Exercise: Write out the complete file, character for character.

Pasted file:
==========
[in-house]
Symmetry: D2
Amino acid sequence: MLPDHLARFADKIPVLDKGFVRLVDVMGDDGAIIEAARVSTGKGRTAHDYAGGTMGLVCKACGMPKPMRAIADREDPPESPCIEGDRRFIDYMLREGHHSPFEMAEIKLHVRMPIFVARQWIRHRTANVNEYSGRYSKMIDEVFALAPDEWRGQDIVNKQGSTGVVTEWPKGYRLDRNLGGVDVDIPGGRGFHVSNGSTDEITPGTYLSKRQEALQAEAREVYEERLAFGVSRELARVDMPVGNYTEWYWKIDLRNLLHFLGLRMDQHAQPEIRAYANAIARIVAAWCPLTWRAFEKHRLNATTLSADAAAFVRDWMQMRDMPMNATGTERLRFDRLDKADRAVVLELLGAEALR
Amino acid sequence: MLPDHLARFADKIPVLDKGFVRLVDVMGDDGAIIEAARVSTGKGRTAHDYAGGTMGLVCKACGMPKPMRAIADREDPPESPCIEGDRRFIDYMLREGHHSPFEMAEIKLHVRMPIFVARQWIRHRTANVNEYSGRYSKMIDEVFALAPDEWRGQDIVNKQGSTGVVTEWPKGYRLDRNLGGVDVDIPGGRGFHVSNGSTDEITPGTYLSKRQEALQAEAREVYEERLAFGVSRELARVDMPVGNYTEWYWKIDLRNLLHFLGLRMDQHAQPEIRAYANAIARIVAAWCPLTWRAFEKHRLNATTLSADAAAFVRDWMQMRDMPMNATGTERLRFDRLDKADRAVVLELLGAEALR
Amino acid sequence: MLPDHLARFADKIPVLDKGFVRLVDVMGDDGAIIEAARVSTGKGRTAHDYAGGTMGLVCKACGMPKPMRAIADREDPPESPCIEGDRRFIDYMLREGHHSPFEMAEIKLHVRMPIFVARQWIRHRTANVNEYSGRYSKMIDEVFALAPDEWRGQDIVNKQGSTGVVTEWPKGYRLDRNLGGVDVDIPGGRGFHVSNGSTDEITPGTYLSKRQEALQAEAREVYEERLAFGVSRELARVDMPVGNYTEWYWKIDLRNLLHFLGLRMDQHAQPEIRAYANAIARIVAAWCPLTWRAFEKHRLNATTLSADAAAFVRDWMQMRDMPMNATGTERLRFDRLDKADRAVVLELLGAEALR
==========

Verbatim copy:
[in-house]
Symmetry: D2
Amino acid sequence: MLPDHLARFADKIPVLDKGFVRLVDVMGDDGAIIEAARVSTGKGRTAHDYAGGTMGLVCKACGMPKPMRAIADREDPPESPCIEGDRRFIDYMLREGHHSPFEMAEIKLHVRMPIFVARQWIRHRTANVNEYSGRYSKMIDEVFALAPDEWRGQDIVNKQGSTGVVTEWPKGYRLDRNLGGVDVDIPGGRGFHVSNGSTDEITPGTYLSKRQEALQAEAREVYEERLAFGVSRELARVDMPVGNYTEWYWKIDLRNLLHFLGLRMDQHAQPEIRAYANAIARIVAAWCPLTWRAFEKHRLNATTLSADAAAFVRDWMQMRDMPMNATGTERLRFDRLDKADRAVVLELLGAEALR
Amino acid sequence: MLPDHLARFADKIPVLDKGFVRLVDVMGDDGAIIEAARVSTGKGRTAHDYAGGTMGLVCKACGMPKPMRAIADREDPPESPCIEGDRRFIDYMLREGHHSPFEMAEIKLHVRMPIFVARQWIRHRTANVNEYSGRYSKMIDEVFALAPDEWRGQDIVNKQGSTGVVTEWPKGYRLDRNLGGVDVDIPGGRGFHVSNGSTDEITPGTYLSKRQEALQAEAREVYEERLAFGVSRELARVDMPVGNYTEWYWKIDLRNLLHFLGLRMDQHAQPEIRAYANAIARIVAAWCPLTWRAFEKHRLNATTLSADAAAFVRDWMQMRDMPMNATGTERLRFDRLDKADRAVVLELLGAEALR
Amino acid sequence: MLPDHLARFADKIPVLDKGFVRLVDVMGDDGAIIEAARVSTGKGRTAHDYAGGTMGLVCKACGMPKPMRAIADREDPPESPCIEGDRRFIDYMLREGHHSPFEMAEIKLHVRMPIFVARQWIRHRTANVNEYSGRYSKMIDEVFALAPDEWRGQDIVNKQGSTGVVTEWPKGYRLDRNLGGVDVDIPGGRGFHVSNGSTDEITPGTYLSKRQEALQAEAREVYEERLAFGVSRELARVDMPVGNYTEWYWKIDLRNLLHFLGLRMDQHAQPEIRAYANAIARIVAAWCPLTWRAFEKHRLNATTLSADAAAFVRDWMQMRDMPMNATGTERLRFDRLDKADRAVVLELLGAEALR